What A History Lesson In Corporates Means For Future
LAS VEGAS-What goes around, comes around, especially when it comes to corporate credit unions and crises.
But this most recent crash of many of the corporate CUs ultimately will have to break that cycle, according to one person, who has a long history working with credit unions through various meltdowns and problems.
In 1976 Mike Mercer was a graduate student at the University of Wisconsin when he took a part-time job with CUNA and began work on U.S. Central, which had been chartered two years earlier. It had emerged out of a debate within credit unions over how to create a central banking function that didn't require using a bank. Proposals ranged from one, national, central corporate, to an NCUA-backed plan that had one corporate for each of its six regions, to the plan that eventually won out, corporate CUs affiliated with nearly every state.
State-level corporates handled deposits, clearances and liquidity; U.S. Central's role was to focus on interactions with the money markets, primarily the investment banks. "U.S Central and the corporate CUs had clearly defined roles, and pretty clearly defined markets," said Mercer in remarks before the 1 Credit Union Conference co-sponsored by CUNA and WOCCU. "There was very little competition. It went that way until we had a spike in interest rates in the 1980s, and corporates found themselves invested long."
That was the first of three crises corporates have had to work through, noted Mercer, who was dispatched to Georgia to help turn that troubled corporate around at the time. "In those days we didn't close the corporate, we fixed it. Things went along that way, but we heavily dependent on voluntary, self-disciplined guidelines to manage risk."
That worked only until the end of the 1980s and early 1990s, when the savings & loan crisis struck. During that time Maryland-based Capital Corporate would fail, and several other major corporates came close to the same fate, recalled Mercer. "After that period, we learned from our mistakes-again-and we traded off standards and guidelines that were generally being ignored by that time for tighter federal regulations," he said. "The corporates got independence from their trade associations, and U.S. Central from CUNA. Open eligibility became popular, and that opened the door for problems that came to roost later on."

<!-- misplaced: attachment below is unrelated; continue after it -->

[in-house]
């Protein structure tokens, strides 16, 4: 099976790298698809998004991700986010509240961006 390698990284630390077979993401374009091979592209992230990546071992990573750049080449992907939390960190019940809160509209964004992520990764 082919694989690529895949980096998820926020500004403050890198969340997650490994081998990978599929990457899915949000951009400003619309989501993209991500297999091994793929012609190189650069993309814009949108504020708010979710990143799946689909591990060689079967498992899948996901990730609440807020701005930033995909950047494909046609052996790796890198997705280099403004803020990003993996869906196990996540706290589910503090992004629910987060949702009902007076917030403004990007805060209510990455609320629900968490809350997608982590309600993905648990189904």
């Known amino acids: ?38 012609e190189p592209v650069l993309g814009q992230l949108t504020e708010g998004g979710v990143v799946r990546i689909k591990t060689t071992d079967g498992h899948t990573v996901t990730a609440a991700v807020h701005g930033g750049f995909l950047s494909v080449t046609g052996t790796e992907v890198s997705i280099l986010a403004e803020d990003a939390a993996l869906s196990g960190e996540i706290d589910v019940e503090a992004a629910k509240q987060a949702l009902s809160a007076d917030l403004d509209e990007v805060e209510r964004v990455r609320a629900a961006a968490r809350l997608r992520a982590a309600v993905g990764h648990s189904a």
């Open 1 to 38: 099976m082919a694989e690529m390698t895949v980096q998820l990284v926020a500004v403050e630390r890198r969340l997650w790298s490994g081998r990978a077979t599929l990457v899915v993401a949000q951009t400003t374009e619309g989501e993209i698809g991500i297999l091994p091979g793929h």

And competition "dramatically intensified." "By this time credit unions very liquid, so corporates got very involved in pumping money out of credit unions and into the money markets, and then into mortgage-backed securities," said Mercer. "And here we were again, as in the 1980s. Many corporates were seeking access to expanded investment authority. And all the while we were talking about all the fireproof and foolproof protections that were in place. Examiners were living in U.S. Central. And like everyone else in the money markets, we did not see the meltdown coming like it did, and corporate centrals were left holding what they thought were high-grade investment securities."
That leaves the question of "what does this all mean for the future," observed Mercer. "I think what you're hearing from NCUA is 'Enough,'" Mercer continued. "We can't tolerate another crisis to learn from. I think there's going to be a fair amount of over-reaction on the part of the agency. They are going to confine interest rate risk significantly in the new regulation, very little liquidity risk (the investment in cash flows), and they are going to be emphatic that leverage cannot exceed 25:1, or 4% of assets. So they are going to want real capital."
What's ahead, predicted Mercer, is a corporate with a highly-shrunk balance sheet built around crucial settlement balances. Nearly everything else will be off-balance-sheet, meaning it's going to be on the balance sheet of natural-person CUs. "So the risk is being transferred," noted Mercer. "I think that is going to impose a higher duty of care to understand how investments are being made. In the past you could have 100% of your investments in the corporates, and nary a word was spoken in the examination report. That's going to change."
Mercer expects corporates will continue to offer investment-related consulting, as they have strong skill sets in that area.